Earlier this week, Senator Bill Cassidy of Louisiana was asked to weigh in on the decision of Florida Governor (and fellow Republican) Ron DeSantis to issue a state-wide order effectively banning school districts from mandating masks in classrooms as students begin their Fall semester.
“I’m a conservative. I think you govern best when you govern closest to the people being governed,” said Cassidy. “And if a local community is having – their ICU is full, and the people at the local schools see that they’ve got to make sure they stay open, because otherwise children miss out for another year of school, and they put in policy, then the local officials should be listened to. That is a conservative principle.”
When asked specifically if he disagrees with DeSantis, Cassidy (who’s a doctor) said that he did.
“The local officials should have control here,” he added. “I don’t want top-down from Washington, DC. I don’t want top-down from a governor’s office. … If my hospitals are full, vaccination rate is low and infection rate is going crazy, local officials should be allowed to make those decisions.”
DeSantis has been on the receiving end of a lot of criticism throughout the pandemic, and I think a lot of it has been unfair and transparently political. And like DeSantis, I’m personally not in favor of mask mandates at this point. Multiple highly effective vaccines (which provide much better protection than masks) have been widely available in this country for months, and my entire family (which includes two high school students) has been fully vaccinated. I believe my kids are adequately protected, and I don’t want them to have to wear masks in the classroom again. Parents of kids who haven’t been vaccinated (in some cases because they’re not old enough yet) may feel pretty comfortable as well, being that children fare far better with the COVID-19 infection than adults.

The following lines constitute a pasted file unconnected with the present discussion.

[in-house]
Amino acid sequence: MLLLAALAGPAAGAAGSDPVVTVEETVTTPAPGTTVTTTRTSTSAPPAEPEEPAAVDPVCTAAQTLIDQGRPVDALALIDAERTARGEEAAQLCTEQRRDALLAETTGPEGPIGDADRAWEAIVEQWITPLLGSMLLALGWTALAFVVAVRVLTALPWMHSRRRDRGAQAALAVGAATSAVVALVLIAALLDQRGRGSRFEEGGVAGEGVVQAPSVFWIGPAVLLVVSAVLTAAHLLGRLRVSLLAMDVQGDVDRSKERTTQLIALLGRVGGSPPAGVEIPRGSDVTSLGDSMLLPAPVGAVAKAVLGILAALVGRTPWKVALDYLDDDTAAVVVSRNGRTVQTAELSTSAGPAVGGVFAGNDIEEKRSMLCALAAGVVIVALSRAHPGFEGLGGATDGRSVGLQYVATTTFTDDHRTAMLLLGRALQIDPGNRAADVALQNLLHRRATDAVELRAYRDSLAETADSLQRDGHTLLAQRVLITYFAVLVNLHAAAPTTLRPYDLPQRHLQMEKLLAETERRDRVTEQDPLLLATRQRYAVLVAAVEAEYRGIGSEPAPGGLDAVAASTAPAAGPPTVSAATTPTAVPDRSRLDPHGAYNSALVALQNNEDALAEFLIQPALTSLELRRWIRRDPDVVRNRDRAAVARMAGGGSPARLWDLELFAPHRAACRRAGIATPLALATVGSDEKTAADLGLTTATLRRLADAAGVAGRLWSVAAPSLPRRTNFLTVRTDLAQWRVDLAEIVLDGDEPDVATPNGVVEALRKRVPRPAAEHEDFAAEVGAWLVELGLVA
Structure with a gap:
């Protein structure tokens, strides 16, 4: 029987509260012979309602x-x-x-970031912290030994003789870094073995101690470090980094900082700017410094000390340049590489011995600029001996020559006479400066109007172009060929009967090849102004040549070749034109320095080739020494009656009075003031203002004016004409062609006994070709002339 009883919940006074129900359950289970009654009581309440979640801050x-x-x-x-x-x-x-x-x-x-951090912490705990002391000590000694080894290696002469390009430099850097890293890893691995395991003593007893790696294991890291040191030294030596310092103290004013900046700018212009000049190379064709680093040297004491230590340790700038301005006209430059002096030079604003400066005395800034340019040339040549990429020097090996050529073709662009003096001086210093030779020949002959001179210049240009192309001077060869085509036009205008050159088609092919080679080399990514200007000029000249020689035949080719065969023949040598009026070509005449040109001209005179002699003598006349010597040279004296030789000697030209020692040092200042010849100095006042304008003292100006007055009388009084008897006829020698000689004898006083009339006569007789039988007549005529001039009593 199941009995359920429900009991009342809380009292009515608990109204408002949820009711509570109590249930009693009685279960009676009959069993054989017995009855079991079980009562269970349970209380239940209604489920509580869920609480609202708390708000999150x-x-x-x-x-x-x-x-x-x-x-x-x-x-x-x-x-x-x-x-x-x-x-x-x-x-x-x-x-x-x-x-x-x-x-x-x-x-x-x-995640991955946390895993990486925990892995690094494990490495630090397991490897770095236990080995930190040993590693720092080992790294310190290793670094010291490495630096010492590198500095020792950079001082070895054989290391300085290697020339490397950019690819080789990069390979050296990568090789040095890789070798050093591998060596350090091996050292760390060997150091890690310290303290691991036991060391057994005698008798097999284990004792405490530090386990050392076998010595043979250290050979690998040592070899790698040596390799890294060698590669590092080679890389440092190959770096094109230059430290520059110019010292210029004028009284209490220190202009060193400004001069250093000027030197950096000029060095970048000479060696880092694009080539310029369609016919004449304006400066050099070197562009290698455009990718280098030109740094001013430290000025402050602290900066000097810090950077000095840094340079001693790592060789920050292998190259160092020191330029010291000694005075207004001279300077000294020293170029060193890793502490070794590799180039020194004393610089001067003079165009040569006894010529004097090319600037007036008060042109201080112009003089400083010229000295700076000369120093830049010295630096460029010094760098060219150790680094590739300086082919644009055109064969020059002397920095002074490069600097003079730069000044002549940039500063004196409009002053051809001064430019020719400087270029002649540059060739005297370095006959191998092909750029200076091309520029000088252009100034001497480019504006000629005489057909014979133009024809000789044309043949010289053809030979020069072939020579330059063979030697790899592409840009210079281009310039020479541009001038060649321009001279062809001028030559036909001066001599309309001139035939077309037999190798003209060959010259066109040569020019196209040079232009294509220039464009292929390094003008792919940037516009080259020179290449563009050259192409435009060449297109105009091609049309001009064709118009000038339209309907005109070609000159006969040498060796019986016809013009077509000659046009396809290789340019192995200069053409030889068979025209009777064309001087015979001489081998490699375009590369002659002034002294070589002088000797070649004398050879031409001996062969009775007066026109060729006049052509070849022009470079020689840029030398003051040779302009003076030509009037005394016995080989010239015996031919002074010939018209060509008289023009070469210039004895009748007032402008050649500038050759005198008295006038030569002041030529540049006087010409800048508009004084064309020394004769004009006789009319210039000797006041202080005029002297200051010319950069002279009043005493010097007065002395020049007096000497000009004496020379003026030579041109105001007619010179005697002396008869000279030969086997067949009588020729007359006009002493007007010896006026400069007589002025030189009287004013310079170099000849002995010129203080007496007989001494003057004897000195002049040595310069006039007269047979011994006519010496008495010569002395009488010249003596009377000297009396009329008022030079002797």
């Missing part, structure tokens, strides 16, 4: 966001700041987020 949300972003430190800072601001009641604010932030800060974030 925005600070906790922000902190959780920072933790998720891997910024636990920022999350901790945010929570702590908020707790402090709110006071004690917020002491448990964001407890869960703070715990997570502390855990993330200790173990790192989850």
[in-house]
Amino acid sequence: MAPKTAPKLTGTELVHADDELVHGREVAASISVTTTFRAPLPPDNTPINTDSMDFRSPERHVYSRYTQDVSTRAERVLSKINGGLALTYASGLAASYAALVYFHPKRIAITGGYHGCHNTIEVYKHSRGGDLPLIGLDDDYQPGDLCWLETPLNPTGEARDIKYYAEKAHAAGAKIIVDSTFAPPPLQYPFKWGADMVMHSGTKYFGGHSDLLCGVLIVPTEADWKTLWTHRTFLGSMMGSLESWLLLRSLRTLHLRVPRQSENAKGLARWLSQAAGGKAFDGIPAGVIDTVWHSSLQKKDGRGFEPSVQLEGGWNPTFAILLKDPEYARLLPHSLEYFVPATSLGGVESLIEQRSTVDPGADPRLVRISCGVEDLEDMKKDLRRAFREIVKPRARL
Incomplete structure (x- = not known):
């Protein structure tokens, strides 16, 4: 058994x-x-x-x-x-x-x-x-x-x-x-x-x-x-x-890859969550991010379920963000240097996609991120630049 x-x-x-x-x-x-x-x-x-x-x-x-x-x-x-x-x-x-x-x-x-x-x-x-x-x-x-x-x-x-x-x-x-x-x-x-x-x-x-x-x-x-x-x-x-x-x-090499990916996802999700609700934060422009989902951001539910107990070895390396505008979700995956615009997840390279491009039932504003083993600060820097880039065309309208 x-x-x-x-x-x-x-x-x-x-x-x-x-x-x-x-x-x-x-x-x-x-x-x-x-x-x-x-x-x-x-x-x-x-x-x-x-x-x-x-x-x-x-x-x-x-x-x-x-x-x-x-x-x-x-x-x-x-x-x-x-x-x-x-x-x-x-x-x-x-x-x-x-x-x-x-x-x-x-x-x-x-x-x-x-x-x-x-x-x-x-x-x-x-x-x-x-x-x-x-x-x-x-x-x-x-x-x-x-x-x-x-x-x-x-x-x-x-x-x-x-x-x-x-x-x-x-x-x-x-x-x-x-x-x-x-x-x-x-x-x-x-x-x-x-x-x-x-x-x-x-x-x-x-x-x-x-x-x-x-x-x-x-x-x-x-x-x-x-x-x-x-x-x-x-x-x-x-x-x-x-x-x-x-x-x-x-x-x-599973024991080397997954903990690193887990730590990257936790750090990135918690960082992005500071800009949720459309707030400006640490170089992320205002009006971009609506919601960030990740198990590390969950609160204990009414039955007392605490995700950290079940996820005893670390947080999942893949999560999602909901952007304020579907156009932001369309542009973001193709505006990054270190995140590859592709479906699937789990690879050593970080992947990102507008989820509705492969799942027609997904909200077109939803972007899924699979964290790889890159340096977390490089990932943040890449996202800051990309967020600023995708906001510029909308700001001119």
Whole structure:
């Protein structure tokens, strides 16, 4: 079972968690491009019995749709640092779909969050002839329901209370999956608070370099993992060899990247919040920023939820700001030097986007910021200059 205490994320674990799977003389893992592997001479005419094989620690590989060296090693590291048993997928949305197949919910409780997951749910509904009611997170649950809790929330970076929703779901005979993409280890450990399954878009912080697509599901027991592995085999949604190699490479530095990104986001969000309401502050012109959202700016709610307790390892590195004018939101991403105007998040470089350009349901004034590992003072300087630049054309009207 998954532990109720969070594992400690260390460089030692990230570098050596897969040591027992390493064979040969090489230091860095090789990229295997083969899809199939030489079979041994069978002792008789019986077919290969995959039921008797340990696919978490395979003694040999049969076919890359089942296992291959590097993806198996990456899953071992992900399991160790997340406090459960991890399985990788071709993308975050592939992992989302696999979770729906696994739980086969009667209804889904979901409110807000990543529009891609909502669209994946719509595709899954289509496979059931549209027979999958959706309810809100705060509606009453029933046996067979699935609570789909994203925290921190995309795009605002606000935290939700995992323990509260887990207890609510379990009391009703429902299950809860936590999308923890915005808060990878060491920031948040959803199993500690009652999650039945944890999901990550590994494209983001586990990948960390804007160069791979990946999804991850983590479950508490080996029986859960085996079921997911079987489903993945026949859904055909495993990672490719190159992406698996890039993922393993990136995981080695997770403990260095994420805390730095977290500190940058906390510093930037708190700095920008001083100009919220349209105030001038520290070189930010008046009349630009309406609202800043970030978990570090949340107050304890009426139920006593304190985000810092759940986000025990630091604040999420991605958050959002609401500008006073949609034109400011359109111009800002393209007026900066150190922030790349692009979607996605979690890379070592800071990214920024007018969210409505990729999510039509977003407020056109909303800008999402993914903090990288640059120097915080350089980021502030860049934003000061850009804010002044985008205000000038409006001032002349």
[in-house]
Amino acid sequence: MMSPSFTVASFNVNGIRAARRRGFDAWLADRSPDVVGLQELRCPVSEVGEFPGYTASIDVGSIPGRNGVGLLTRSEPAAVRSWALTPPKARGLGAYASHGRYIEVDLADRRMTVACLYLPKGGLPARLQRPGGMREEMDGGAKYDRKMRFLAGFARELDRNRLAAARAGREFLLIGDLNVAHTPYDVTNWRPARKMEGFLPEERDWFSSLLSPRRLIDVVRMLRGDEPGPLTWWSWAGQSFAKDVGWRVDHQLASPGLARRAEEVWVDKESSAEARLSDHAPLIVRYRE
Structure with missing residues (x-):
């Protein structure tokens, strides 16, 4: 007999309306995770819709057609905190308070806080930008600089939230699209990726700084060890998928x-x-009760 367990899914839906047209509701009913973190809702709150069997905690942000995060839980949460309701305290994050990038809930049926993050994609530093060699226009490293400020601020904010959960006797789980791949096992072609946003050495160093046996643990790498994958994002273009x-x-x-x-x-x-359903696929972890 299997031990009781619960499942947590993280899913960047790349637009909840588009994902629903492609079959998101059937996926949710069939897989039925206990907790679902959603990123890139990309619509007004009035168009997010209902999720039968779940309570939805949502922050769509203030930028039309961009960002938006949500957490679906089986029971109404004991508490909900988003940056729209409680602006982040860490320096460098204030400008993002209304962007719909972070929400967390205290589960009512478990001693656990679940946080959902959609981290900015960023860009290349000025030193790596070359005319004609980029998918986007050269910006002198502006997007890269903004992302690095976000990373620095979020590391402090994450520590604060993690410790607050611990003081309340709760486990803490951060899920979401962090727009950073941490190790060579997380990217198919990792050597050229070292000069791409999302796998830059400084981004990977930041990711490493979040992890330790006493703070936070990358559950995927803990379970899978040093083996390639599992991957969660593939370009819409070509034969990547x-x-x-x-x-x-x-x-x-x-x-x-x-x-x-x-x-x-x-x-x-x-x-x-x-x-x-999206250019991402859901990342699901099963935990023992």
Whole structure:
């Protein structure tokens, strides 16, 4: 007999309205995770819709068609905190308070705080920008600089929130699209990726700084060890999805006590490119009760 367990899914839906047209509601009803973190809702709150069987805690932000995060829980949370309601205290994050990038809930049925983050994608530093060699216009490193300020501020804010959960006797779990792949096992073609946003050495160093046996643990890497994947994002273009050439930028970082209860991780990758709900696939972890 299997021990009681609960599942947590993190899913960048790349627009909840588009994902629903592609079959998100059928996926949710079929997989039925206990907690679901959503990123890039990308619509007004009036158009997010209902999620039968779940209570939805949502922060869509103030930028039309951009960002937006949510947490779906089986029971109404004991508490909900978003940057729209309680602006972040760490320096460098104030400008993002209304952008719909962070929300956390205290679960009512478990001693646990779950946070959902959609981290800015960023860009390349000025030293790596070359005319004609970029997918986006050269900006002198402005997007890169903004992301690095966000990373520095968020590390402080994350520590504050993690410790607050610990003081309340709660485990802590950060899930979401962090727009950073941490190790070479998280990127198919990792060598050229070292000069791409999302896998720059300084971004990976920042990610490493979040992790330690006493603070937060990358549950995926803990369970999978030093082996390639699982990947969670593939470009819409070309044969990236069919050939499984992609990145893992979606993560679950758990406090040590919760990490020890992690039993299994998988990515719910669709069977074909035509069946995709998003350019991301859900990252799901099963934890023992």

That said, I also think Cassidy was absolutely right. It’s one thing for a governor to refrain from issuing select state-wide mandates during a health crisis. It’s another to legally forbid local governments within that state from deciding otherwise based on what’s happening in their own communities.
Asa Hutchinson, the Republican governor of Arkansas, now seems to agree. Back in April, he signed into law a measure that banned local officials from implementing mask mandates. Four months later, after low vaccination rates and COVID-19 cases surging throughout his state, he expressed regret, saying last week, “I wish that had not become law.”
Of course, some people still argue that masks don’t work because they’re not a fail-safe method for stopping the transmission of COVID-19, and thus there’s no point in mandating them. But knocking the virus on its butt was never the point of masks. That’s what the vaccines are for. Mask-wearing helps mitigate the virus — to lower community infection. And in communities where the infection and hospitalization rates have skyrocketed, because the Delta variant is exceptionally contagious and a lot of people have chosen not to get vaccinated, masks can serve as a valuable interim tool.